Thursday, May 5, 2016

Thomas Frank: "What's the matter with the DC Dems?"

Thomas Frank’s What’s the Matter with Kansas? was an extremely influential book on me when I read it in the mid-2000s. I got the book right after the re-election of George W. Bush in a time when I was teaching in a little town of 20,000 in NW Indiana, and was bewildered at why the country was deciding to continue on such an obviously wrong path, both economically and internationally. I found myself constantly nodding my head and relating to the examples Frank gave about small-town Americans with declining standards of living increasingly deciding to vote for a GOP that was clearly destructive for their own best interests.

Frank’s main hypothesis in What’s the Matter with Kansas? was that because Democrats had de-emphasized progressive, pro-labor economic policies, it led small-town America to avoid voting for them based on those reasons, and turn toward the GOP because of their beliefs in The Flag, Christianity, guns, and other social issues. His newest book, Listen, Liberal, goes after the Democratic Party in the Age of Obama for refusing to step up on economic issues, and not doing enough to stop the damage that many middle and working-class people continue to suffer from today.

Frank expounded on these thoughts in a column this week for The Guardian. He criticized the “self-satisfied, complacent” Democratic Party, which he feels only wants to coast to November as the “sensible alternative” to Donald Trump’s foolishness, instead of actually doing something to solve these deep-seated problems. He also thinks that many in party leadership have been separated from the tough reality the average American faces in 2016.
…The party’s leadership is largely drawn from a satisfied cohort that has done quite well in the aftermath of the Great Recession. They’ve got a good thing going. Convinced that the country’s ongoing demographic shifts will bring Democratic victory for years to come, they seem to believe the party’s candidates need do nothing differently to harvest future electoral bumper crops. The seeds are already planted. All that is required is patience.

Hillary Clinton is more or less openly offering herself as the complacency candidate. The least inspiring frontrunner in many years, she is a dynastic heir who stands to receive the Democratic nomination largely because it’s her turn – the logic that made Bob Dole the GOP leader in 1996. Clinton has scolded her rival [Bernie Sanders] for wanting to break up Wall Street banks since such a policy, by itself, would not also end racism and sexism. (In point of fact, the black middle class was disproportionately damaged by the detonation of the housing bubble.) Clinton’s unofficial slogan, “America never stopped being great” — supposedly a searing riposte to Trump’s “make America great again” – sounds like the kind of thing you’d see inscribed in a country club logo. In her words, we can hear the call of contentment, a would-be catchphrase for a generation of satisfied people.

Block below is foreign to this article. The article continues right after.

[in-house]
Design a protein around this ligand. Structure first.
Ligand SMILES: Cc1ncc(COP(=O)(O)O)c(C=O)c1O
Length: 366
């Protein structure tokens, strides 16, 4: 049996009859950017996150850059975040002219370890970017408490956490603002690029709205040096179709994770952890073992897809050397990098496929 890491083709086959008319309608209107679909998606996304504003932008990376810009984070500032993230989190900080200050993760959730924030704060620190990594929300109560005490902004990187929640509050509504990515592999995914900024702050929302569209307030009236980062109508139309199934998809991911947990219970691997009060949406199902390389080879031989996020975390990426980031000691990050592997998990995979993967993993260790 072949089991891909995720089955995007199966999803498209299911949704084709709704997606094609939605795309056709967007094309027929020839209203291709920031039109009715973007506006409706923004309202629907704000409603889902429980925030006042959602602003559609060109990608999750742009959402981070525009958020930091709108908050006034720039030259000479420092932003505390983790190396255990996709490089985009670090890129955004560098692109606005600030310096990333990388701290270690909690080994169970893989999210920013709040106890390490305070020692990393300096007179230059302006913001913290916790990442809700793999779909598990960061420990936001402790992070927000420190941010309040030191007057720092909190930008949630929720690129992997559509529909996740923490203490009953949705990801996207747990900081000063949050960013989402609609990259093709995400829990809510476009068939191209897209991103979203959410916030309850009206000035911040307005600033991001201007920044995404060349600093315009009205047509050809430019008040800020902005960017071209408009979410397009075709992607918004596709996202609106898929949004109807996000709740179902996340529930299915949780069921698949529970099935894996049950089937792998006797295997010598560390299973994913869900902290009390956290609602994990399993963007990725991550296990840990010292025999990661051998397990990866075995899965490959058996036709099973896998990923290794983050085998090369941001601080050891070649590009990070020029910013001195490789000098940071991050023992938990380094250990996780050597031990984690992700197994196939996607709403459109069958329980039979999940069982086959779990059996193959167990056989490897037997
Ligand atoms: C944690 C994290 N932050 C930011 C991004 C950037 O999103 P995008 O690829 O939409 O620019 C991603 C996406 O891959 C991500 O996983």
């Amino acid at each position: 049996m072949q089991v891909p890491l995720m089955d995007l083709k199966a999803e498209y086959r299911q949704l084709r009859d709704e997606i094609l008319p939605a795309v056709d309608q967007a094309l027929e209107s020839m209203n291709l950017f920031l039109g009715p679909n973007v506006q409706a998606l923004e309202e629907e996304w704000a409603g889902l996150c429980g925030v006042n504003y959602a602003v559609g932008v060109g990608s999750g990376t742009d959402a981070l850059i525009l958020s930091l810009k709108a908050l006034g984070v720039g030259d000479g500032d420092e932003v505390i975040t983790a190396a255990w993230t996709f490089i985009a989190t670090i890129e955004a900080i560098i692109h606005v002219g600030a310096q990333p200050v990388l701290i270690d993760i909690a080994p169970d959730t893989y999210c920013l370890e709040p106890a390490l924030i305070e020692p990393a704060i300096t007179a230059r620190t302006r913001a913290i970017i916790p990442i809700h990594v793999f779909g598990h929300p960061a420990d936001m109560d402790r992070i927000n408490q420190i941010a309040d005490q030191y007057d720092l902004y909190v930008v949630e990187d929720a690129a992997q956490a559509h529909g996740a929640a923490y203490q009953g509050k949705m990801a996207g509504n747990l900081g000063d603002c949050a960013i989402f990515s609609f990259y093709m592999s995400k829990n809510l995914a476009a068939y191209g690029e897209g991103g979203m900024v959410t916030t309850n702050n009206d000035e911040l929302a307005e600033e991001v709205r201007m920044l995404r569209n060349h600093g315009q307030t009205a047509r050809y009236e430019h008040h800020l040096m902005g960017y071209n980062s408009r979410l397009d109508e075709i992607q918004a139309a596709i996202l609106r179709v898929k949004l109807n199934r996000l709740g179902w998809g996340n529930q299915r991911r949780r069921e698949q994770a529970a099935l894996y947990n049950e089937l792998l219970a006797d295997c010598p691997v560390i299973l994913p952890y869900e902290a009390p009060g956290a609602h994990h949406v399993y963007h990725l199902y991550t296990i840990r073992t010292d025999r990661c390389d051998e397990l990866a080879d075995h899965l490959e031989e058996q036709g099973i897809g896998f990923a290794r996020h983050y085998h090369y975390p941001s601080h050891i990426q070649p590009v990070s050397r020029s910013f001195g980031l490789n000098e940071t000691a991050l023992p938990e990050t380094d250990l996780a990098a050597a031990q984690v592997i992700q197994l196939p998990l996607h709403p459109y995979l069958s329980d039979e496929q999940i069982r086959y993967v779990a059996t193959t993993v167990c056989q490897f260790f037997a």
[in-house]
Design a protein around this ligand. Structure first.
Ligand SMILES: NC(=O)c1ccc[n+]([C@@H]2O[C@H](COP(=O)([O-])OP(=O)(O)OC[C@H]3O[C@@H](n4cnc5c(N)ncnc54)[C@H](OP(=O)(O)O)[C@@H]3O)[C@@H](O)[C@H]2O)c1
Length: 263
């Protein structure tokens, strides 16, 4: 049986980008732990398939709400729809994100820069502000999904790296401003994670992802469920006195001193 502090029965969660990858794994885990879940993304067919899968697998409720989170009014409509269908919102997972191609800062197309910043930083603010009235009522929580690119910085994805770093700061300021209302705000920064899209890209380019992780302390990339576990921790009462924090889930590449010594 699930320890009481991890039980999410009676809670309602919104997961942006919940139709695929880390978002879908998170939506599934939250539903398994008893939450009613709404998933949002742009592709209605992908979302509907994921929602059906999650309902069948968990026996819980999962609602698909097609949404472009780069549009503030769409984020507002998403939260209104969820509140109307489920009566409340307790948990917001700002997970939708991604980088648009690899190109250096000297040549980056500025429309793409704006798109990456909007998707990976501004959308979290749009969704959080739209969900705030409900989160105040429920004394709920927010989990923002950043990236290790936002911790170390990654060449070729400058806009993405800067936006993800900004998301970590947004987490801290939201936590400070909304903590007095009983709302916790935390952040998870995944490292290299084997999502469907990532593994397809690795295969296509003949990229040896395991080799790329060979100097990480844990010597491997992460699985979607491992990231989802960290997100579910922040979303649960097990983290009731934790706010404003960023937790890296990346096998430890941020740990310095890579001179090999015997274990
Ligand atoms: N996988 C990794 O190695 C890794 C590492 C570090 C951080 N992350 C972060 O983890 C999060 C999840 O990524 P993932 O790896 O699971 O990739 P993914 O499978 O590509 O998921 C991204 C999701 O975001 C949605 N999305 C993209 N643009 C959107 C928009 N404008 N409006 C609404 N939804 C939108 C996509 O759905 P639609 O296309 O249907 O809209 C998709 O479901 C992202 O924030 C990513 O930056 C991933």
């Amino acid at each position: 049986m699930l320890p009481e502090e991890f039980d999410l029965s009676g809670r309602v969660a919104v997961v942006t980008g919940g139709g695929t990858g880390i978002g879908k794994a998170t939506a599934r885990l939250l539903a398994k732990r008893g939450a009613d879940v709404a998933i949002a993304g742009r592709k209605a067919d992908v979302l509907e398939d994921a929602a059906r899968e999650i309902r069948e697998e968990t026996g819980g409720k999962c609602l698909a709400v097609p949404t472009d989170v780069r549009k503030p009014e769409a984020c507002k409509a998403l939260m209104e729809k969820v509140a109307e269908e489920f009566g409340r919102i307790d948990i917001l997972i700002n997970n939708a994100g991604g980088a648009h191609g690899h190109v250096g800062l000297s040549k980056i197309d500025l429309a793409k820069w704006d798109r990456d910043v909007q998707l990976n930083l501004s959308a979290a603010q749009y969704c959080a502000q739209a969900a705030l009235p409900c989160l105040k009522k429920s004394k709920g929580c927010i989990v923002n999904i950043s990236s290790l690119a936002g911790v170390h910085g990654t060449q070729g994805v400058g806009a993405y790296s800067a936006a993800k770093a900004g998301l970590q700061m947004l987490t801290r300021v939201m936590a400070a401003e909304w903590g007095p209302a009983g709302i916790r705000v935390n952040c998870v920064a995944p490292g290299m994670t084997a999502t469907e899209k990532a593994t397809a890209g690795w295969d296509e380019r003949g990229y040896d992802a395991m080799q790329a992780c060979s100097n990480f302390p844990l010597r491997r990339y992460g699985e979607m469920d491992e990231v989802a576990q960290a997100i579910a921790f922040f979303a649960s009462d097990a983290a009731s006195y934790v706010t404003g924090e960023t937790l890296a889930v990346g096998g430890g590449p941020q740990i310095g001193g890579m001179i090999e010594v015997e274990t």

The “demographics is destiny” smugness is something I remember Mike Tate and other Dem operatives having in Wisconsin circa 2012 when discussing Scott Walker, encouraging the Dem base to wait it out and not get too uptight. You see how well THAT’S worked out, especially in a still overwhelmingly white and blue-collar state like Fitzwalkerstan. But then again, Tate hasn't hurt for work or paychecks, even after being shit-canned as DNC Chair, has he?

Sure, de-emphasizing economic issues in favor of openness and tolerance on social issues and symbolic identity politics might work well among well-educated, upwardly-mobile people in big cities and other progressive-thinking areas. In isolation, this is largely a good electoral strategy that likely will win most presidential elections, and likely deliver a sizable bloc of non-white male voters for decades. But it also doesn’t impress a lot of folks in small-town America that have largely done the right thing, and are still struggling to get by.

When you de-emphasize real economic problems, and try to play footsie with corporate America and big money instead of making them pay for the damage they have caused, then don’t be surprised when those same small-towners turn to demagogues who use “divide and conquer” tactics. That comes from politicians (usually Republican) who try to deflect the dissatisfaction that arises from the hard questions of “why does this economy screw people?,” and if working-class people don’t see enough of a difference between the parties in their economic lives, they’re going to vote based on other, non-economic reasons, which tends to favor Republicans. Given the way our system is set up, a Republican advantage in small towns and suburbs means an advantage in the House of Representatives and especially in state legislatures.